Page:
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6.8.14

Demon Hunter (2005)



Director: Scott Ziehl
Starring: Sean Patrick Flannery, Billy Drago
Rated R 78 min.

Sean Patrick Flannery stars as the half-human, half-demon Jack Greyman. Greyman is a motorcycle riding, trench coat wearing badass who works as a sort of devil exterminator for the Catholic church. A sudden escalation in violent possessions occurs thanks to a demon named Asmodeus (Billy Drago). It turns out that Asmodeus is attempting to impregnate a slew of attractive young ladies so that he can sire a race of demon-babies that will do his bidding on Earth. Greyman reluctantly teams up with a pretty nun to stop the lecherous demon before he can cause any more trouble.

DEMON HUNTER was produced by TV vet Stephen J Cannell, which might explain why the production looks and feels like something that might debut on the Syfy channel. In fact, if not for a couple of topless scenes, you might think this was an unsold pilot for a television series. It’s more of an action film with some horror elements, and not a very good one at that. Sean Patrick Flannery is a good actor who should really be in better movies. Here the script only requires him to throw a few punches and brood, while doing his best grizzled, world weary badass shtick. Billy Drago is, well, Billy Drago. Again, there isn’t much asked of him except to play the same snake-like villain he’s been playing since INVASION USA. Drago gets to make out with several hot and naked chicks in this, so this might end up being one of his favorite film jobs. The most interesting part of this movie, for me, was Tania Deighton as the sexy succubus dispatched to seduce Greyman into letting all this Antichrist business slide. She’s so good looking you can almost ignore her rubber horns, stupid looking CGI wings, and bad acting. This film also has a truly Terri how "heavy metal" soundtrack that sounds like stock music made for beer commercials.

Aside from a couple of very attractive breasts, there isn’t much to see here.

Tania Deighton as a succubus in DEMON HUNTER

Scalps (1983)


Director: Fred Olen Ray
Starring: Jo Ann Robinson, Richard Hench, Roger Maycock, Frank McDonald,
Rated R 82 min.

A goofy and unethical archaeology professor sends his students deep into the California desert to explore an Indian burial ground. Along the way, they encounter a gas station Indian who warns them that the land is protected by a terrible curse, and the spirits won't be pleased about a bunch of kids screwing around out there. They don't listen, of course. The students begin to regret this decision when a very unhappy demon named Black Claw appears to exact a bloody revenge.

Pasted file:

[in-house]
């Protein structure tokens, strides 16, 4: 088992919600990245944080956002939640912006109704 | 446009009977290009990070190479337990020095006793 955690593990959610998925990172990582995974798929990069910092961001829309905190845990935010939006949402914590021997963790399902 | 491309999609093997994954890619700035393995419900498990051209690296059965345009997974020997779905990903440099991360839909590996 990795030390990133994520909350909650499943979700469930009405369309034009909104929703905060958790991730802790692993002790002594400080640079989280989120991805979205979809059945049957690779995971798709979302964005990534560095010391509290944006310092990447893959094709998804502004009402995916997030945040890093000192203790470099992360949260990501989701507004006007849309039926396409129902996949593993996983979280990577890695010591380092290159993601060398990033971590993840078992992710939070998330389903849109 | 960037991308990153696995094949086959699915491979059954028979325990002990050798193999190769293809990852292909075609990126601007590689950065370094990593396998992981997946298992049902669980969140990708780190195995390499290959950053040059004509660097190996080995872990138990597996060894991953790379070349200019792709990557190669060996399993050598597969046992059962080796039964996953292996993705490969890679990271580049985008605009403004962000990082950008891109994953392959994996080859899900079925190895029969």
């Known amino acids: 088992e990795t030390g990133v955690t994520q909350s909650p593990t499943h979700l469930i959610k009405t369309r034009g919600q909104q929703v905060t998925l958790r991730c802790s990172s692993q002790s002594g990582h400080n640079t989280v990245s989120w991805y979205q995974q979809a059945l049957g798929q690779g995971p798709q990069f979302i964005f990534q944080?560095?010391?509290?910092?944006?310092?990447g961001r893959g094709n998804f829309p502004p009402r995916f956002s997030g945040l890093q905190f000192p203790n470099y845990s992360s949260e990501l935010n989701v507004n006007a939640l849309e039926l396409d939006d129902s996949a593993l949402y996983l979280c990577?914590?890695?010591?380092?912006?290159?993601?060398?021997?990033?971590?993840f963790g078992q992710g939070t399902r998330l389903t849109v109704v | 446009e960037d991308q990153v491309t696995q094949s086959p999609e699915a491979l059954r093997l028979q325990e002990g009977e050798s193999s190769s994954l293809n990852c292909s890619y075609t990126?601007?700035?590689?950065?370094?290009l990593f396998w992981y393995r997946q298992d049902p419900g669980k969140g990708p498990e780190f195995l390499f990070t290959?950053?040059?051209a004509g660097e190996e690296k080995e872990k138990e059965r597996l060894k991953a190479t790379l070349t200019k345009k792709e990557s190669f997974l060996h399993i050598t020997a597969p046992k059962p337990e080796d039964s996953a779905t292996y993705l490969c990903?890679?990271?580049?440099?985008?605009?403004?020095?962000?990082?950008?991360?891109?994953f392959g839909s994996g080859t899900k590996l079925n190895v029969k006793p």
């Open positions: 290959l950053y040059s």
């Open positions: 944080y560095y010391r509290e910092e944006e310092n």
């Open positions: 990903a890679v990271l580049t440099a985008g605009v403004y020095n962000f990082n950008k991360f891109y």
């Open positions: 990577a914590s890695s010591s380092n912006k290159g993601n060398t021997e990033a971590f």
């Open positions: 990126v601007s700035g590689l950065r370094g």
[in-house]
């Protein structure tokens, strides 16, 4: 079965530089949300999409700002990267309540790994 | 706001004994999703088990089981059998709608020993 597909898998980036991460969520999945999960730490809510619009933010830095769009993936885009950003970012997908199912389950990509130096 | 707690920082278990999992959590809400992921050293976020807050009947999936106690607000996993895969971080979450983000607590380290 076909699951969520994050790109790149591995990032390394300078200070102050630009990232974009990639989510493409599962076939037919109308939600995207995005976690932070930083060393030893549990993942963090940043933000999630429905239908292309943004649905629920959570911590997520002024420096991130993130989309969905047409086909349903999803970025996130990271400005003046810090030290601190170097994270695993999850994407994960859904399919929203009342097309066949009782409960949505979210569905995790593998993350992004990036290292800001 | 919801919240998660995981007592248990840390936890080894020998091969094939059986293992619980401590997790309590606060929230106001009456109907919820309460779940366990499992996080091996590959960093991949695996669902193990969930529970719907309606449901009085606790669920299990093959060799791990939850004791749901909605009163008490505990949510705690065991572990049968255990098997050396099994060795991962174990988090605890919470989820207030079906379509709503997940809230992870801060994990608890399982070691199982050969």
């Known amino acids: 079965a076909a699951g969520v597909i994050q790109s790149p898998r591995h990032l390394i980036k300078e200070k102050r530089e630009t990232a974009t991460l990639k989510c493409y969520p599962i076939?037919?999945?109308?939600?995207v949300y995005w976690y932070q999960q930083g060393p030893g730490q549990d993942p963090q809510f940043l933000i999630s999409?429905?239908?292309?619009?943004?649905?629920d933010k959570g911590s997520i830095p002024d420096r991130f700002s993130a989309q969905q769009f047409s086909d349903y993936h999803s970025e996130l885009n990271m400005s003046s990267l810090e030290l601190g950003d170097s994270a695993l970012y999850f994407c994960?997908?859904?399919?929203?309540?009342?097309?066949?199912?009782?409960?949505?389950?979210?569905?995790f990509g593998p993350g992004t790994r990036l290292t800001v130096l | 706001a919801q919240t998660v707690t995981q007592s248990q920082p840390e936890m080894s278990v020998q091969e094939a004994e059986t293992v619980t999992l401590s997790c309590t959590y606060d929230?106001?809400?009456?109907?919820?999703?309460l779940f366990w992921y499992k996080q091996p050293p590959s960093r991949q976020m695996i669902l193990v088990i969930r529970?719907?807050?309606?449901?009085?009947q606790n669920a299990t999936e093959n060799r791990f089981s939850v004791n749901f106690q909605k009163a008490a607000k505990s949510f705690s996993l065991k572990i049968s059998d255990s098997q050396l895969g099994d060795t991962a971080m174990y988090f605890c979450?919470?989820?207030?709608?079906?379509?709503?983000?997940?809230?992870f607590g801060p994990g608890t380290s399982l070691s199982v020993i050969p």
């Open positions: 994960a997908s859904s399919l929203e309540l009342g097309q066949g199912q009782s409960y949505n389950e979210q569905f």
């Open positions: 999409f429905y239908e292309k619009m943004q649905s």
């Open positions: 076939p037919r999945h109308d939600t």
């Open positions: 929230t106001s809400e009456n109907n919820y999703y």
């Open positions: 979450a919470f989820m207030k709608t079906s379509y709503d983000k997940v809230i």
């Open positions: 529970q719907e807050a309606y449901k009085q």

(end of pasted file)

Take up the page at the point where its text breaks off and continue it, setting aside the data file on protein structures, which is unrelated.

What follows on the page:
With bad acting and terrible dialogue wrapped around a dumb story, SCALPS isn't a "good" movie in the traditional sense. It's even more damaged by some mind-boggling editing decisions (flash forward scenes of each character's death are shown early in the movie) made, according to Fred Olen Ray, by an unscrupulous distributor. This act removed all of the tension from a movie that didn't have much to begin with. This same distributor also had the brilliant idea to incorporate test shots of a very silly looking lion-man character who wears a mask that's only point of articulation is an Elvis-style lip sneer. There's also a very awkward, out-of place cameo by Forrest J. Ackerman in which he shamelessly plugs his book "Mr. Monster's Movie Gold."

The lion man, SCALPS

Forrest J. Ackerman runs into the professor (Kirk Alyn)
That said, SCALPS does have that odd, somewhat endearing quality you'll find from these early slashers. The desert landscapes and the grainy 16mm photography give the movie an occasional atmosphere of doom and foreboding, which quickly dissipates the moment a character speaks. The greatest thing about SCALPS, however, are the effects from Bart Mixon, John McCallum, and Chris Biggs. None of them are very convincing (with the exception of a very well-done scalping), but they are all gory and fun.

Made for peanuts over the course of several long weekends, SCALPS was a movie that seemed to be doomed from the start. As Ray (and longtime collaborator T.L. Lankford) relate in the commentary, this movie required a massive amount of work and sacrifice to make, yet had almost no payoff whatsoever. The movie was essentially stolen from them almost immediately, and while the various distributors made a killing off the movie, Ray and Langford never saw a dime of it. This version of SCALPS, Ray says, is the most complete version ever seen, yet it is still not the movie he intended to make. Ray and Lankford are open and honest about the end result, but you can hear that a twinge of heartache still exists over thirty years later. They maintain a sense of humor, though, and provide a very insightful and entertaining commentary about their not-so-good slasher.

While not a good movie, SCALPS is a ragged and gory little flick that provides some thrills and some unintentional laughs. The real reason to check this disc out is the commentary track, which should be of particular interest to aspiring filmmakers.

"Black Claw" from SCALPS